• 8. Rococo is an art movement, characterized by being light, decorative, and elaborate, focusing on landscapes, portraiture, mythology, flowers, playfulness, and the peacefulness of the country as seen in The Swing (1767) and The Shepardess (1750) by Jean-Honore Fragonard, A Pilgrimage to Cythera (1715) by Jean-Antoine Watteau, Sarah Barrett Moulton; Pinkie (1794) and Blue Boy (1770) by Thomas Gainsborough
  • 9. Neo-Classicism is an art style characterized by a Greek and Roman revival, unemotional hard edged classical forms, staged religious poses, dealing with real events, courage, sacrifice, and love of country but not the monarchy especially during the French Revolution as seen in The Death of Socrates (1787), The Oath of the Horaitii (1784), and The Death of Marat (1793) by Jacques-Louis David and the Death of General Wolfe (1770) by Benjamin West (Amer.)
  • 10. Romanticism is an art movement characterized by emotions and imagination, bold and dramatic use of paint, rejection of the calm and orderly classicism, rebeled against society, there was a deep appreciation of nature, the exotic, and far away as seen in Arab Horseman Attacked by a Lion (1850), Lion Hunting in Morocco (1854) by Eugene Delacroix, The Slave Ship (1840) by Joseph William Turner, and Sea of Ice (1823) by Caspar David Friedrich (Ger.)
  • 11. The Pre-Raphaelite Brotherhood was a group of English artists whose art was characterized by realism, religious belief and mythological themes, and use of medieval and contemporary heroines as subject matter as seen in The Annunciation (1861) and Lady Lilith (1867) by Gabriel Rosetti, The Shadow of Death (1869) by William Holman Hunt, and The Golden Stair (1872) by Sir Edward Burne-Jones.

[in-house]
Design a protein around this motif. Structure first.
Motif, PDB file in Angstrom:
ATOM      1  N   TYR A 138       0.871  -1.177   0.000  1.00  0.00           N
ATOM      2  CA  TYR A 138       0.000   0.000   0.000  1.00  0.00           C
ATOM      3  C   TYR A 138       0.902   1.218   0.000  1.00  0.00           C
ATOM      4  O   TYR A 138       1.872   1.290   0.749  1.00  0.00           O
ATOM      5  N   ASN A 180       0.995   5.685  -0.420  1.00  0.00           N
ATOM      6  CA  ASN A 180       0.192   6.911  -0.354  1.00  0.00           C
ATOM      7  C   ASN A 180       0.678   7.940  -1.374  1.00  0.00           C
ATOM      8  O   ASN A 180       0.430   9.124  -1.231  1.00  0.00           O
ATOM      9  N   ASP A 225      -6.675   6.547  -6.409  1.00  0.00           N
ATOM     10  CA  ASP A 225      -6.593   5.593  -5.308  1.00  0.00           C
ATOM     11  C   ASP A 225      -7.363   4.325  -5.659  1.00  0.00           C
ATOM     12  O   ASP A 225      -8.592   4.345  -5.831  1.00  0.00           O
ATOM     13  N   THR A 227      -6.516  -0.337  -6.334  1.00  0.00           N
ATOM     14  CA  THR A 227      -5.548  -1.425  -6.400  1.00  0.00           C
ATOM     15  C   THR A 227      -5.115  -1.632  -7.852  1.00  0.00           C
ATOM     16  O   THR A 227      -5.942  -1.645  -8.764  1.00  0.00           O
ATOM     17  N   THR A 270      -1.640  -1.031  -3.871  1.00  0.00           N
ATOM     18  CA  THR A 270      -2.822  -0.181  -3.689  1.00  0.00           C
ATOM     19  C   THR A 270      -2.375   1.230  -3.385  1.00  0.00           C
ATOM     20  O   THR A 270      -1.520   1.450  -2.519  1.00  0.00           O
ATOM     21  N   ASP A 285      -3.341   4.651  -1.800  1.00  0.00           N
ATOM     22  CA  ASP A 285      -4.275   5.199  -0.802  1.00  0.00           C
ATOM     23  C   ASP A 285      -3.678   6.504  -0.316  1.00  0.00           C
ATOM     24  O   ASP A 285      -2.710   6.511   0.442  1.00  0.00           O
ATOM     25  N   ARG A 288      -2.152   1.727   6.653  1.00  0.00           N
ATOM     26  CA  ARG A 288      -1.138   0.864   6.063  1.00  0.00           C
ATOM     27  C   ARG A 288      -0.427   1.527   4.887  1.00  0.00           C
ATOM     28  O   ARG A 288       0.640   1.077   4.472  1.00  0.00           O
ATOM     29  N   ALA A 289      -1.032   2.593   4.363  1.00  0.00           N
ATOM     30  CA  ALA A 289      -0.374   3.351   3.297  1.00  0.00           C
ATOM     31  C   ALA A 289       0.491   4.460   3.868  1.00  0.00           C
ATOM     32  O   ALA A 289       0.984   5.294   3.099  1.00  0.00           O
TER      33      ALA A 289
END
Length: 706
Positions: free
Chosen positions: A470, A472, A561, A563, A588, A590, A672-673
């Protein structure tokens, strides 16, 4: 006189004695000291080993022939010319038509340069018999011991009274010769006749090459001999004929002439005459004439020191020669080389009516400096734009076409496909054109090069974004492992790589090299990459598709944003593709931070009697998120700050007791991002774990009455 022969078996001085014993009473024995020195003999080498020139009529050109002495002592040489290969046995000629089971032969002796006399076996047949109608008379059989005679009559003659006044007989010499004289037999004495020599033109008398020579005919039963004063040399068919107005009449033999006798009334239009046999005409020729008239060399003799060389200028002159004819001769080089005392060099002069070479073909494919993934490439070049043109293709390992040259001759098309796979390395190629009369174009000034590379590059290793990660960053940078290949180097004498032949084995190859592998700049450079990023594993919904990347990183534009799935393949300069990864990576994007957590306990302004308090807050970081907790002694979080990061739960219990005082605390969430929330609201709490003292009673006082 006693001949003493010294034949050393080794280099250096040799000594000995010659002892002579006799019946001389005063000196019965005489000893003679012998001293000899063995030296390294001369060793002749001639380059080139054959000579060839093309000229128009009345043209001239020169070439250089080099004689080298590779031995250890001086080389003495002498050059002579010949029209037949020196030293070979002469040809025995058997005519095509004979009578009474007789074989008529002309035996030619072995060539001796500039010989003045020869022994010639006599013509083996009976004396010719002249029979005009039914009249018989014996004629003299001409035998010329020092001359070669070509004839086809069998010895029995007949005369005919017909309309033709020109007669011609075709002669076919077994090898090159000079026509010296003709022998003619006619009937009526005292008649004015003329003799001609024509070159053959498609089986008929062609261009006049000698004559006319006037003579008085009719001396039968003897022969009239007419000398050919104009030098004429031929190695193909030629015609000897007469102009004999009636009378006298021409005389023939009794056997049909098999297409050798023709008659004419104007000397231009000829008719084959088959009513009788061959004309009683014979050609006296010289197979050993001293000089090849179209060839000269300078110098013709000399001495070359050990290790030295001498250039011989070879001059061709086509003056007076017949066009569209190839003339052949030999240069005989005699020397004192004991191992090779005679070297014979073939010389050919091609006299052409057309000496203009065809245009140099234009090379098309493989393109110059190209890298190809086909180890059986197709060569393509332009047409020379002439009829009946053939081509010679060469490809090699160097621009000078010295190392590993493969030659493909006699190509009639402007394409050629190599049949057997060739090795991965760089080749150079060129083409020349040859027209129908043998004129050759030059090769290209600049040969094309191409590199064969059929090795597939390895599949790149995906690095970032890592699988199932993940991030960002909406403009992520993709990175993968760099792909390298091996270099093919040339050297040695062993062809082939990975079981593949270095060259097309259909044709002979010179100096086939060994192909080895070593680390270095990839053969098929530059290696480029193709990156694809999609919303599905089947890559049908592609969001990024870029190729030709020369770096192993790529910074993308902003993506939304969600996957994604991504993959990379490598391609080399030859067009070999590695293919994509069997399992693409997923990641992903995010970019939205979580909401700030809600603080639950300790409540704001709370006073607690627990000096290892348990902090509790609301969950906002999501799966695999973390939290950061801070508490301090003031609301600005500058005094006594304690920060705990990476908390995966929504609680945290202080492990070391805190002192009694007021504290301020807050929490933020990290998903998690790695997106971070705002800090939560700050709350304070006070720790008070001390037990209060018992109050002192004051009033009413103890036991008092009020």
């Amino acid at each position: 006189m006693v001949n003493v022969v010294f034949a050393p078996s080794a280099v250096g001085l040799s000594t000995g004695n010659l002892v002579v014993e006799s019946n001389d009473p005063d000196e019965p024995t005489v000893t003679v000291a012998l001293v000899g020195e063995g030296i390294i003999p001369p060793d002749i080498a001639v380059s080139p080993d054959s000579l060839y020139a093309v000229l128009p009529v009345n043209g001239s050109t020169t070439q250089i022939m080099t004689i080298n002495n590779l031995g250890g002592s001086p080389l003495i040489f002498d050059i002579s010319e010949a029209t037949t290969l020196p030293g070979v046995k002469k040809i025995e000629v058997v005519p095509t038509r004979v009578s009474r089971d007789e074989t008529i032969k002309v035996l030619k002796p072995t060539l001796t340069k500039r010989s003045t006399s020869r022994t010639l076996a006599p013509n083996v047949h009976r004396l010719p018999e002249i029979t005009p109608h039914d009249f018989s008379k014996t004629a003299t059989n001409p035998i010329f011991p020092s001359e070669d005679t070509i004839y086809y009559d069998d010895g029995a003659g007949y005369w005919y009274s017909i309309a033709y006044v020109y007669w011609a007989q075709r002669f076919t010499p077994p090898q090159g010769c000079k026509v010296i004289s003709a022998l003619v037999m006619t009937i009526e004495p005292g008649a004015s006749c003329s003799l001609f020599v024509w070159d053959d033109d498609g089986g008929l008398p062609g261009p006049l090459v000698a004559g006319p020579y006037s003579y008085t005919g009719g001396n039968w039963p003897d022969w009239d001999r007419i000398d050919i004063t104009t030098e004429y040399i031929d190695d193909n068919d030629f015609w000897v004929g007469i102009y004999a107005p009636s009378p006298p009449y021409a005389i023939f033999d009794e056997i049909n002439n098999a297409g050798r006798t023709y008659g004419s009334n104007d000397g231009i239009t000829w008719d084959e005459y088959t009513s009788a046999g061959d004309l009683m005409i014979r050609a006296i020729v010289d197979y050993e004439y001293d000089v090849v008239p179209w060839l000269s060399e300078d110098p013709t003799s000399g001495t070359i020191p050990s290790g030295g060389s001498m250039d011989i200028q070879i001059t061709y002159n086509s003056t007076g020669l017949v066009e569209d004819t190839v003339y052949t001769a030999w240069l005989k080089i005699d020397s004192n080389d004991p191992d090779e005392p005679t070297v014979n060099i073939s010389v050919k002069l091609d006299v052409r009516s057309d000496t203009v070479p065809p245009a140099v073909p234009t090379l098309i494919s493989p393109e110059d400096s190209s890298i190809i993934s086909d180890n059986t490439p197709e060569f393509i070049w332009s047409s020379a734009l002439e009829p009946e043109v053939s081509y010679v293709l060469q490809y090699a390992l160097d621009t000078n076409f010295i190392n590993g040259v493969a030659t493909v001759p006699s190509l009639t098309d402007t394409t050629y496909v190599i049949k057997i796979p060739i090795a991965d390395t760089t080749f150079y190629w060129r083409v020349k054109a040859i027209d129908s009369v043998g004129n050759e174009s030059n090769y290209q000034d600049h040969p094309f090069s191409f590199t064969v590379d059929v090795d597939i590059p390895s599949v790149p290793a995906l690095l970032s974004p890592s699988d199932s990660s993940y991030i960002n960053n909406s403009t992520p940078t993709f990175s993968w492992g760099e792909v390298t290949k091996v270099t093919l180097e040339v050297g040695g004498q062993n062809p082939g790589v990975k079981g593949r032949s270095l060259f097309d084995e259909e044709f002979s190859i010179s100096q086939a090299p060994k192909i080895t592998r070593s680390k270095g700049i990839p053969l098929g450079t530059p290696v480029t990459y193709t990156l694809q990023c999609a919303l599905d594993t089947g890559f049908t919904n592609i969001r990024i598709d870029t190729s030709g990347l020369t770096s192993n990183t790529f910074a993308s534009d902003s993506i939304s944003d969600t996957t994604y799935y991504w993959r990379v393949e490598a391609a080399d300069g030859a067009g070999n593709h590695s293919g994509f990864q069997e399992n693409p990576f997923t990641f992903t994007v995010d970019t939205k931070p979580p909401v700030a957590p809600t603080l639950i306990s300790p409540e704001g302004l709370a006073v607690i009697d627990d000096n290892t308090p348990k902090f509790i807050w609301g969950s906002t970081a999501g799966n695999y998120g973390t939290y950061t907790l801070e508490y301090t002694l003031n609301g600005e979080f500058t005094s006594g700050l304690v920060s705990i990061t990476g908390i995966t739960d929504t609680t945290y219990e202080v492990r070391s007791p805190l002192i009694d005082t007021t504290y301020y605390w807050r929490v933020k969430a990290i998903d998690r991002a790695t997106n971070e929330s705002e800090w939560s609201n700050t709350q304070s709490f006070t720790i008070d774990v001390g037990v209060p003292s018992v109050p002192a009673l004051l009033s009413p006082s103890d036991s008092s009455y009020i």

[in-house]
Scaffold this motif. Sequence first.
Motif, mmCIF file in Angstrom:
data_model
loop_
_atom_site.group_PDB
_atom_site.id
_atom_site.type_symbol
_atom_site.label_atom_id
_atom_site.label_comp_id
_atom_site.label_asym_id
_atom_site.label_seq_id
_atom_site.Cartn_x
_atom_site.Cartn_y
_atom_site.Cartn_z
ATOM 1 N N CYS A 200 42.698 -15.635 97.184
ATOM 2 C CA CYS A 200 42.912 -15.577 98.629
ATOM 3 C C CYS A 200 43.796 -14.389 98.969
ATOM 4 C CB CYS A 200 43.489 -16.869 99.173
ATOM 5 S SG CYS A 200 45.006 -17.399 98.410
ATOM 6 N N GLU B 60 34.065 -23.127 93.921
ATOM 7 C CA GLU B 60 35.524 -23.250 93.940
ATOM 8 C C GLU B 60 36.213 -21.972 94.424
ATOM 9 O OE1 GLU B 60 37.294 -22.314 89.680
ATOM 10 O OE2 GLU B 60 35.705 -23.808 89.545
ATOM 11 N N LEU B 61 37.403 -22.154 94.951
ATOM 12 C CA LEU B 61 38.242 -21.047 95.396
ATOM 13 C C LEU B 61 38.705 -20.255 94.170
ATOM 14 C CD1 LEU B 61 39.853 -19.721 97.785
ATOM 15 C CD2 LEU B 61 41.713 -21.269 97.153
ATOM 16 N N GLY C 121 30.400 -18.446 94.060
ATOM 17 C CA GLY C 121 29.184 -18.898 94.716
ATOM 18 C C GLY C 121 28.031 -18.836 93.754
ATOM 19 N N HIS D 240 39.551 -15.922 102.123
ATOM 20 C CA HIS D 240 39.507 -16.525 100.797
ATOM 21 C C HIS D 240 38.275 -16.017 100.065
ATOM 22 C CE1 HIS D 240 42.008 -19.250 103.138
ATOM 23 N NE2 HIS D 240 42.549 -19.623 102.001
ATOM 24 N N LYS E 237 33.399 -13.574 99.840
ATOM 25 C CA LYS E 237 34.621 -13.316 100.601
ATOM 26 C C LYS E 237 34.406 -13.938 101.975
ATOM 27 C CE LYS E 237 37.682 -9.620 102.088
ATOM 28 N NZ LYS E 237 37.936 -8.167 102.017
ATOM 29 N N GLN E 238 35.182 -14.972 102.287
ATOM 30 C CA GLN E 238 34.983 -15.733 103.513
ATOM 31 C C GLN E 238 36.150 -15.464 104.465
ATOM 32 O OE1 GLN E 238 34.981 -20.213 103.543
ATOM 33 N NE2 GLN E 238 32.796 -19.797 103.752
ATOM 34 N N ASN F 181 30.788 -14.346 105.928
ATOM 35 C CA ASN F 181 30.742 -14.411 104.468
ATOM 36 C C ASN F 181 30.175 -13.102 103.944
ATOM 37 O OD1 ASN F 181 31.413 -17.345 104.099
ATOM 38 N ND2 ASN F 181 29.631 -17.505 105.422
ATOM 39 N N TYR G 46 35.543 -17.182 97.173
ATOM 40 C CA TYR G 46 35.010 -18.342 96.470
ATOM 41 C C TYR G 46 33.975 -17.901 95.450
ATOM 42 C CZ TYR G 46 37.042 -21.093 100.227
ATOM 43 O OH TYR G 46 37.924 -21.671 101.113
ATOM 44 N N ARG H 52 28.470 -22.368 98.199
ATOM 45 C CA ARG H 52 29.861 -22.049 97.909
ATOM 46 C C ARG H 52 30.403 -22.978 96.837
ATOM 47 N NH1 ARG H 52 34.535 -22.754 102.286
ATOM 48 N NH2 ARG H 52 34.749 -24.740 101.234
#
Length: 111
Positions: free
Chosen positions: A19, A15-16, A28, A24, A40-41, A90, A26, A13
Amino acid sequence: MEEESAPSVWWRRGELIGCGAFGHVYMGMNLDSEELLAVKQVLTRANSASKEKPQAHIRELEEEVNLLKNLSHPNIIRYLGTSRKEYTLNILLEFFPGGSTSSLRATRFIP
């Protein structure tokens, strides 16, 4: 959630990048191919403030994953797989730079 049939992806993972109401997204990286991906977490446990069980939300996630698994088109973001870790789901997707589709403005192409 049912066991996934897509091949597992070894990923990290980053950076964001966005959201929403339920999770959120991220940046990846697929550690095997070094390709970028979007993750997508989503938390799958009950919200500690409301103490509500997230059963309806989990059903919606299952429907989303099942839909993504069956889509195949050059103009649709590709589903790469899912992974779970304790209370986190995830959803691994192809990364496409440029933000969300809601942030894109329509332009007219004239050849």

• 12. Realism is an art movement characterized by drawing what is actually there, and not what is in your imagination, common real life scenes of real people as seen in Burial at Ornans (1850) by Gustave Courbet, The Gross Clinic (1875) by Thomas Eakins (Amer.), The Gleaners (1857) by Jean Francois Millet, and Snap the Whip (1872) by Winslow Homer (Amer.)
  • 13. Symbolism is an art movement, which is characterized by spooky mysticism, Greek Mythology, dream imagery, as seen in Eye Balloon (1878) and Crying Spider (1881) by Odilon Redon , The Island of the Dead (1883) by Arnold Bocklin (Sw.), and Oedipus and the Sphinx (1864) by Gustave Moreau.
  • 14. Pointillism, also known as divisionism and neo-impressionism is a style of painting that originated from impressionism in France characterized by small brush strokes points or that form a picture when looked at from a distance based on the science of optics and divided color, as seen in The Bathers (1883) and Sunday Aftenoon on the Isle of La Grande Jatte (1885) by George Seurat, Port St. Tropez (1899) and The Dining Room (1887) by Paul Signac.
  • 15. Impressionism is an art movement started in France, characterized by a lighter color palette, and showing the effects of sunlight on things at different times of day as seen in Japanese Bridge (1899) by Claude Monet and is also shown in The Dance Class (1874) by Edgar Degas, The Bath (1892) by Mary Cassatt (Amer.) and Luncheon of the Boating Party (1876) by Auguste Renoir.